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A static site generator

Project Description

A static site generator, powers

You run bang from the command line:

$ bang command --project-dir=...

1 minute getting started

First, install bang:

$ pip install bang

Make a new project:

$ bang generate --project-dir=~/bang-quickstart

Then compile your new project:

$ bang compile --project-dir=~/bang-quickstart

And start up the development server to take a look at your new project:

$ bang serve --project-dir=~/bang-quickstart

Now, open a browser and load localhost:8000 to see your masterpiece, that’s it!

Setup and Configuration

A bang site can have any folder structure and bang will check each folder for a markdown (extension .md) file, if it finds one named it will not treat it like a blog post but just compile the folder to an index.html file. If it finds a markdown file with any other name, then it is considered a blog post with the file’s name being the title. So, it basically uses this structure for its posts, so if you have this file structure:

        This is the title of the blog

It would compile down to a blog post with a title This is the title of the blog post available at the uri:


Any other files (images or whatnot) will just be copied over to their respective locations.

Bang can be configured using environment variables, basically, any BANG_* environment variables wil be put into the configuration, here are a couple you might want to set:

BANG_HOST – the host of your website, this is used to generate urls and stuff.

BANG_METHOD – the http method to use (either http or https).

Project directory

Your project directory is where all the magic happens. It has to contain a few folders:

input (required)

This is where all your blog posts go.

template (required)

This is where all your Jinja templates go, they are used to compile your blog posts to their final form.

output (optional)

This is the default output directory when the compile command is used with no --output-dir argument. (optional)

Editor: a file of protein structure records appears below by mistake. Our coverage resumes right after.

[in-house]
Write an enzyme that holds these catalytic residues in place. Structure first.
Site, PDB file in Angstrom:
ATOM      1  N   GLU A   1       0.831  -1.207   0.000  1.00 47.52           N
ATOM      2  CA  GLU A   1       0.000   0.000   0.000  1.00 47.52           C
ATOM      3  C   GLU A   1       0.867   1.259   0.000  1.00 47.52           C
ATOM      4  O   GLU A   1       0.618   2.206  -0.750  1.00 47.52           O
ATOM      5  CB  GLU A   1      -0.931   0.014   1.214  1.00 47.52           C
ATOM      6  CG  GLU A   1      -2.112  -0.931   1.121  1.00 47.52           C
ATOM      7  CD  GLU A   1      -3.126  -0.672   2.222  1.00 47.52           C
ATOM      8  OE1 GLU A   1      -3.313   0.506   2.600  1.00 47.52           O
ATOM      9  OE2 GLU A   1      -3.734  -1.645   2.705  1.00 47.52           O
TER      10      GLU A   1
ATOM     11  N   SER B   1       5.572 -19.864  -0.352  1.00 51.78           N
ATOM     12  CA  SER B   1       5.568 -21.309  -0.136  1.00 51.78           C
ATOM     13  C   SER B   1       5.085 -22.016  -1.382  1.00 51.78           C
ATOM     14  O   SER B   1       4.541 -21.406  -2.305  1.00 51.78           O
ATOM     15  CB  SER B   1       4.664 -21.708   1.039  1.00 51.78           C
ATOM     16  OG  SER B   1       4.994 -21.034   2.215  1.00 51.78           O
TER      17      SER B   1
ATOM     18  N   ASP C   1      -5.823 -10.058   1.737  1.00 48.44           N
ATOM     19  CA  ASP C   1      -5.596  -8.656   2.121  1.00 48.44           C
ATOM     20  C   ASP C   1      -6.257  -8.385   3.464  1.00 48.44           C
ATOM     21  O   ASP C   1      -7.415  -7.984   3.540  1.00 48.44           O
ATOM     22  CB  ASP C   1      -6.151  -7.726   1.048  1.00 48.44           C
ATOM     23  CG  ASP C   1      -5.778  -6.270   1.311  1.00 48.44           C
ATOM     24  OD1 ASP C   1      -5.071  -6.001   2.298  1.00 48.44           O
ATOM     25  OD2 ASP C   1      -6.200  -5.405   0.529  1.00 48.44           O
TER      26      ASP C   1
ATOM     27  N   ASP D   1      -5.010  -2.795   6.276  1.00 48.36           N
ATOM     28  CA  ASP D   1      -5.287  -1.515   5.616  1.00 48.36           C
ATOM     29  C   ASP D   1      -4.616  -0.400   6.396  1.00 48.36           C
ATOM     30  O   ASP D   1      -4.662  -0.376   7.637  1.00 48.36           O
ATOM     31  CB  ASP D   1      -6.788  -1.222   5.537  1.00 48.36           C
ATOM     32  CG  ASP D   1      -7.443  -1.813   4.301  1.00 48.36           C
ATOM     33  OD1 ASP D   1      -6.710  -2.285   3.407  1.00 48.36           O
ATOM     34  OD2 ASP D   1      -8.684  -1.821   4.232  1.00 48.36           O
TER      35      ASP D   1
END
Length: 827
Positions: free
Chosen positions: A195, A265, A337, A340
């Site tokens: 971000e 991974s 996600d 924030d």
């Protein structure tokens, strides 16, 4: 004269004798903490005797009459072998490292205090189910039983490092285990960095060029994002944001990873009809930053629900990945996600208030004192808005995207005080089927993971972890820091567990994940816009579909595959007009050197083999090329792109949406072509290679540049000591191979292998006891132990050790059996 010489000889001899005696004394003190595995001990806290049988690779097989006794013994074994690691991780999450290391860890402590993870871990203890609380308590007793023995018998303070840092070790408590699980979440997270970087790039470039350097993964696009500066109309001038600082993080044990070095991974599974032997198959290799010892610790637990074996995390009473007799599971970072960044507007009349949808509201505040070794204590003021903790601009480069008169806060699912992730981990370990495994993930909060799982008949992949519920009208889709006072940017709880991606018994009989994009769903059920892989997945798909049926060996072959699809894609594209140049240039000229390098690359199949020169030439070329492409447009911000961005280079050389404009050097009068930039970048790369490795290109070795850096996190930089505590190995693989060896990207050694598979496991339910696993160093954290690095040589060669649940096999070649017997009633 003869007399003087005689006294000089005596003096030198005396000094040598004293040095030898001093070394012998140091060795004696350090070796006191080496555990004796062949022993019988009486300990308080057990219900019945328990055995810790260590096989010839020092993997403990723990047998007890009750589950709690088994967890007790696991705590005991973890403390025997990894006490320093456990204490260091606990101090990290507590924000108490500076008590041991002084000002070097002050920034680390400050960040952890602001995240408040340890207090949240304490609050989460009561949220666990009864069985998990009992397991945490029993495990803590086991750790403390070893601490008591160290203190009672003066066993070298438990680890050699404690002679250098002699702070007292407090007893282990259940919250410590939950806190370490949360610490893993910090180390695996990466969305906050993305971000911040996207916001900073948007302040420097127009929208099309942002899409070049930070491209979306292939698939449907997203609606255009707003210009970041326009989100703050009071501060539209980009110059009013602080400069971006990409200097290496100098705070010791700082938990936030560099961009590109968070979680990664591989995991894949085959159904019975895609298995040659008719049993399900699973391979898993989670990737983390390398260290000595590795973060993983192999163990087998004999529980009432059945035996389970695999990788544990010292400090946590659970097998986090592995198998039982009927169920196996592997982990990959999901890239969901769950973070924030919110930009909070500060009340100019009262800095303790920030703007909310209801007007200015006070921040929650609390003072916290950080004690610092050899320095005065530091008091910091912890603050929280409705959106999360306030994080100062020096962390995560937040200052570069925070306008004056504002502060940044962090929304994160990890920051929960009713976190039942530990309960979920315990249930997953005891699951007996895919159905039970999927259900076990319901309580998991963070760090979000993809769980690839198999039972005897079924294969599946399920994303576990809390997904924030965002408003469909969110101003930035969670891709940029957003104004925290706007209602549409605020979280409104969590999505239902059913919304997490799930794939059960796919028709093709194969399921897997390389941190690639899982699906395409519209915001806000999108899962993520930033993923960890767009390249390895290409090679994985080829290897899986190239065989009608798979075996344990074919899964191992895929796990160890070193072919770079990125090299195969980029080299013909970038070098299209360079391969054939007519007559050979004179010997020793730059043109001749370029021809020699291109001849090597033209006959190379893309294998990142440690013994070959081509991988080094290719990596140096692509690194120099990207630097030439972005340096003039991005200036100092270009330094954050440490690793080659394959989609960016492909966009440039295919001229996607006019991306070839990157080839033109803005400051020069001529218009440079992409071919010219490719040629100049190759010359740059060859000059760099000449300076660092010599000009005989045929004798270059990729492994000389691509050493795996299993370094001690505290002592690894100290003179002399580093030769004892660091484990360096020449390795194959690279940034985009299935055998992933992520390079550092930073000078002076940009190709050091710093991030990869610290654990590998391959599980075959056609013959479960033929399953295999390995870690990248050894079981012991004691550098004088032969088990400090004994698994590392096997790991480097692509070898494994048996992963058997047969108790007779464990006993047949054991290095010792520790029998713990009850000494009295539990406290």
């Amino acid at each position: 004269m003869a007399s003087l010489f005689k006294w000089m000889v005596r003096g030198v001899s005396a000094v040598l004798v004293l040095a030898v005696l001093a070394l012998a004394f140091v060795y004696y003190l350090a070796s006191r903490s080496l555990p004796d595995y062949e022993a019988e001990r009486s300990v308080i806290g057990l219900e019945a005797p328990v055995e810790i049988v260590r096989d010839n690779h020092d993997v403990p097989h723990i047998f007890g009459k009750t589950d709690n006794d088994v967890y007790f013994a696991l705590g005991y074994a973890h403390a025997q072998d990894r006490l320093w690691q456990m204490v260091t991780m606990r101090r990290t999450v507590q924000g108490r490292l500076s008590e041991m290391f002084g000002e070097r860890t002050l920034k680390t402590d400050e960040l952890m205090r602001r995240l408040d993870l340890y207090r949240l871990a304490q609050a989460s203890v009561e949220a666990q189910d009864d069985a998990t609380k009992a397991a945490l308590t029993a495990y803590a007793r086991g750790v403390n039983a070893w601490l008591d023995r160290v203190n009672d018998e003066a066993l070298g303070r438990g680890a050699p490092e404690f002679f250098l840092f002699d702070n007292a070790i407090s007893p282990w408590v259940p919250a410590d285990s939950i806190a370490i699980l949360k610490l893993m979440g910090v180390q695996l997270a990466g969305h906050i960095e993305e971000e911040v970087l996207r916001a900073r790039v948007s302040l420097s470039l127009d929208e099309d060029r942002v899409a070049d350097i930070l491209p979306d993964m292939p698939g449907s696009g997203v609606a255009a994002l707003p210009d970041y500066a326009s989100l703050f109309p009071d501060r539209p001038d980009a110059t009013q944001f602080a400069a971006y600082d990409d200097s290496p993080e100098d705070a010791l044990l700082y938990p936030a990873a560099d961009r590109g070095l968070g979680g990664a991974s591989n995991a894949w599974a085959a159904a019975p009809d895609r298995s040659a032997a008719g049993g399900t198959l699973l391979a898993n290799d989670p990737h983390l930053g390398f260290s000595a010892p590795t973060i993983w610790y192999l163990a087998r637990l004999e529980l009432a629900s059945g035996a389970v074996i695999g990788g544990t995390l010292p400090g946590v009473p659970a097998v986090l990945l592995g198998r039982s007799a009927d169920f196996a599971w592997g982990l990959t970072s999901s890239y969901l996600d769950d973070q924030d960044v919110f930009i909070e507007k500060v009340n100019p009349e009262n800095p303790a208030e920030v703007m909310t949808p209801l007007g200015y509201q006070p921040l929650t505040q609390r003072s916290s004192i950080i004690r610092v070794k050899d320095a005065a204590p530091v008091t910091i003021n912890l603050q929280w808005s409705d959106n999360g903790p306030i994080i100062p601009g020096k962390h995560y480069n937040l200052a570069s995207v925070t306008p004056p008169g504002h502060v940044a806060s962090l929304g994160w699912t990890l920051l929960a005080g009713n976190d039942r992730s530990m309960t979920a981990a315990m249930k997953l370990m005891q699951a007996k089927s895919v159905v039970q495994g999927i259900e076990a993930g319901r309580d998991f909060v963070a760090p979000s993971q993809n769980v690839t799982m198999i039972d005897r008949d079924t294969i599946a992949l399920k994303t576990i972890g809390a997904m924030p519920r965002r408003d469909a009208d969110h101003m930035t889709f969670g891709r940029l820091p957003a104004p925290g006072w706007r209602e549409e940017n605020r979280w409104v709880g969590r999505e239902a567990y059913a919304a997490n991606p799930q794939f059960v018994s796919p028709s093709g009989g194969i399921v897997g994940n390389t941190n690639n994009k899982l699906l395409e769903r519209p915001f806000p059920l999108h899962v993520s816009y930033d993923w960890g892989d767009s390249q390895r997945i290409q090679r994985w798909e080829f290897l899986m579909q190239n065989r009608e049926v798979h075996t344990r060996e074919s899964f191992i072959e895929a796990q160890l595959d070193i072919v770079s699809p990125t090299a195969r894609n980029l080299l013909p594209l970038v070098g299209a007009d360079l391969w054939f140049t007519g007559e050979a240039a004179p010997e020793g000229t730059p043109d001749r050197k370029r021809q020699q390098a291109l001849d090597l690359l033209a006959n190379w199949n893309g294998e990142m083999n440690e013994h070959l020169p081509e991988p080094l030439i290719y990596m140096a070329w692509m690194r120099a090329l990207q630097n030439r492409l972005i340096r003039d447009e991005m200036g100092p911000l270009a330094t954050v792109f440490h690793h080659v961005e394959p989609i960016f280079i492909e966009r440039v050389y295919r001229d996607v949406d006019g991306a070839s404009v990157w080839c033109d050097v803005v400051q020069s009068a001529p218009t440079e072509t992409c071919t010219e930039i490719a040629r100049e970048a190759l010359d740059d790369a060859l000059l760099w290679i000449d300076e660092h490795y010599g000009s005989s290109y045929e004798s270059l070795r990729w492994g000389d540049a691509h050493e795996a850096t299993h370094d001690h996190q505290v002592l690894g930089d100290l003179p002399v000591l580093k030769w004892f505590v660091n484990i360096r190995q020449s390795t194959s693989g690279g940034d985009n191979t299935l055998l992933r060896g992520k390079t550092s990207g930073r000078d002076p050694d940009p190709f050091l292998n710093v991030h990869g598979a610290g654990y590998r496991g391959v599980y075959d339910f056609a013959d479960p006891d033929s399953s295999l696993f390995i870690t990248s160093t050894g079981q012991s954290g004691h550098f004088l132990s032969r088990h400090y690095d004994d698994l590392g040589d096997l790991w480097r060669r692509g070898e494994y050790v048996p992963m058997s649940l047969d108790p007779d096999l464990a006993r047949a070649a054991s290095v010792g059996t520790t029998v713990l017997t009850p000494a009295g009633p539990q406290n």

You can add this file to configure bang when compiling:

# /project_dir/
name = "your site name"
description = "your site description"
host = ""


bang includes a couple built-in plugins that you can include in your file, to activate them per site:

# /project_dir/

from bang.plugins import sitemap # to automatically generate a sitemap.xml file

from bang.plugins import feed # generate an rss feed at host/feed.rss for the last 10 posts

That’s it, once they are imported they will run when they need to.



Use this to compile your project-dir/input directory to the final form in the output-dir directory.

Compile your site using the default output directory:

$ bang compile --project-dir=...

That will place the compiled output to project-dir/output, you can also move the output directory to another location:

$ bang compile --project-dir=... --output-dir=...


Use this to fire up a local server so you can see your compiled site. You can set the port with the --port flag.

$ bang server --project-dir=... --port=8000


This is designed to be used on the remote server that will host your site in a cron job, it will try and pull down the code using a git repo, if there are changes, then it will compile the new changes, since it is run in cron, you should include the full path:

$ /usr/local/bin/bang watch --project-dir=...


Generate a site skeleton that you can use as a starting point to your own bang site, this will take the project_dir and make sure it exists (or create it) and then add input and template dirs along with skeleton template files.

$ bang generate --project-dir=...


Events are callbacks that are fired at specific times.

The easiest way to hook these in to your site compiling is to define or import them into your configuration file. You can see examples of how they are used in the bang.plugins module.

Events are basically defined like this:

from .. import event, echo

def callback(event_name, site):
    """print all the post titles and urls to the screen"""
    for p in site.posts:

event.listen('output.finish', callback)


This event is fired after all the posts are compiled, right now it is used to do things like generating RSS feeds and the sitemap.


This event is fired for every element in a post that matches, so if you wanted to do something with a tags, you could hook up a callback to listen on dom.a.

from .. import event, echo

def callback(event_name, parent, elem):
    """print all href urls in every a tag"""

event.listen('dom.a', callback)


Use pip:

pip install bangtext




The folders should allow tagging with #hashtags

a project should be able to include a plugins directory (python module) that will allow customization, there should be events added around all the major things during execution (eg, a post_compiled event, a pre_compile event) that the plugins module the user adds can hook into. Not sure this needed anymore though since you can configure the plugins in your file

index.html should be changed to post.html and aux.html to be more flexible.

would generate command be better as start or skeleton?

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Filename, size & hash SHA256 hash help File type Python version Upload date
bangtext-0.2.3.tar.gz (14.5 kB) Copy SHA256 hash SHA256 Source None Jul 14, 2014

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